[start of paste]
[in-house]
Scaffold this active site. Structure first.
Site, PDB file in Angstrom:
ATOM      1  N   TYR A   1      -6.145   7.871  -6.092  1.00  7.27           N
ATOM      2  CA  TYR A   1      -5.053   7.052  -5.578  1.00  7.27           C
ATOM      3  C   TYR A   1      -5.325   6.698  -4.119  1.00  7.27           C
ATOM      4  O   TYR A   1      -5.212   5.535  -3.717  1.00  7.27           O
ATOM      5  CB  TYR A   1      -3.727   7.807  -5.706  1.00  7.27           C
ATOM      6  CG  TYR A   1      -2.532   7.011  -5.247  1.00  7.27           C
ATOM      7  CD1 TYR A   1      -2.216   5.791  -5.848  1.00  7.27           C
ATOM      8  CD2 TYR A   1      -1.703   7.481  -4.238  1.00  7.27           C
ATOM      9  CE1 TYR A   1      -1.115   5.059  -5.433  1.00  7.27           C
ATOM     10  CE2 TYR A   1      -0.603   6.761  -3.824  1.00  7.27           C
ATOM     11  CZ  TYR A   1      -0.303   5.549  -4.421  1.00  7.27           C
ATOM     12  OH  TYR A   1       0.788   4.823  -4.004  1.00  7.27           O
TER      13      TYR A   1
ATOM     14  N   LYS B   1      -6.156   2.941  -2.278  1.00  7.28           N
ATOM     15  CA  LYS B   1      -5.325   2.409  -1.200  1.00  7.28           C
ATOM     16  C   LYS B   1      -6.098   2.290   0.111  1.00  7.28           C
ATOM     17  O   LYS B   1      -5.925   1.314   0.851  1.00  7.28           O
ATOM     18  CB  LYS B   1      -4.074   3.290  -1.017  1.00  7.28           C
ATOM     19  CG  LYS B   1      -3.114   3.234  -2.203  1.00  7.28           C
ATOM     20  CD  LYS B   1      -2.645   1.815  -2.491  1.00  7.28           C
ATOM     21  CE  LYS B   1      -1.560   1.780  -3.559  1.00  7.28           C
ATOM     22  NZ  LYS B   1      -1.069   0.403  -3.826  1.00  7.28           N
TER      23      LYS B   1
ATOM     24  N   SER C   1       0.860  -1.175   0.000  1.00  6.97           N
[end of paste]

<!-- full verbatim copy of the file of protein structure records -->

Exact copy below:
[in-house]
Scaffold this active site. Structure first.
Site, PDB file in Angstrom:
ATOM      1  N   TYR A   1      -6.145   7.871  -6.092  1.00  7.27           N
ATOM      2  CA  TYR A   1      -5.053   7.052  -5.578  1.00  7.27           C
ATOM      3  C   TYR A   1      -5.325   6.698  -4.119  1.00  7.27           C
ATOM      4  O   TYR A   1      -5.212   5.535  -3.717  1.00  7.27           O
ATOM      5  CB  TYR A   1      -3.727   7.807  -5.706  1.00  7.27           C
ATOM      6  CG  TYR A   1      -2.532   7.011  -5.247  1.00  7.27           C
ATOM      7  CD1 TYR A   1      -2.216   5.791  -5.848  1.00  7.27           C
ATOM      8  CD2 TYR A   1      -1.703   7.481  -4.238  1.00  7.27           C
ATOM      9  CE1 TYR A   1      -1.115   5.059  -5.433  1.00  7.27           C
ATOM     10  CE2 TYR A   1      -0.603   6.761  -3.824  1.00  7.27           C
ATOM     11  CZ  TYR A   1      -0.303   5.549  -4.421  1.00  7.27           C
ATOM     12  OH  TYR A   1       0.788   4.823  -4.004  1.00  7.27           O
TER      13      TYR A   1
ATOM     14  N   LYS B   1      -6.156   2.941  -2.278  1.00  7.28           N
ATOM     15  CA  LYS B   1      -5.325   2.409  -1.200  1.00  7.28           C
ATOM     16  C   LYS B   1      -6.098   2.290   0.111  1.00  7.28           C
ATOM     17  O   LYS B   1      -5.925   1.314   0.851  1.00  7.28           O
ATOM     18  CB  LYS B   1      -4.074   3.290  -1.017  1.00  7.28           C
ATOM     19  CG  LYS B   1      -3.114   3.234  -2.203  1.00  7.28           C
ATOM     20  CD  LYS B   1      -2.645   1.815  -2.491  1.00  7.28           C
ATOM     21  CE  LYS B   1      -1.560   1.780  -3.559  1.00  7.28           C
ATOM     22  NZ  LYS B   1      -1.069   0.403  -3.826  1.00  7.28           N
TER      23      LYS B   1
ATOM     24  N   SER C   1       0.860  -1.175   0.000  1.00  6.97           N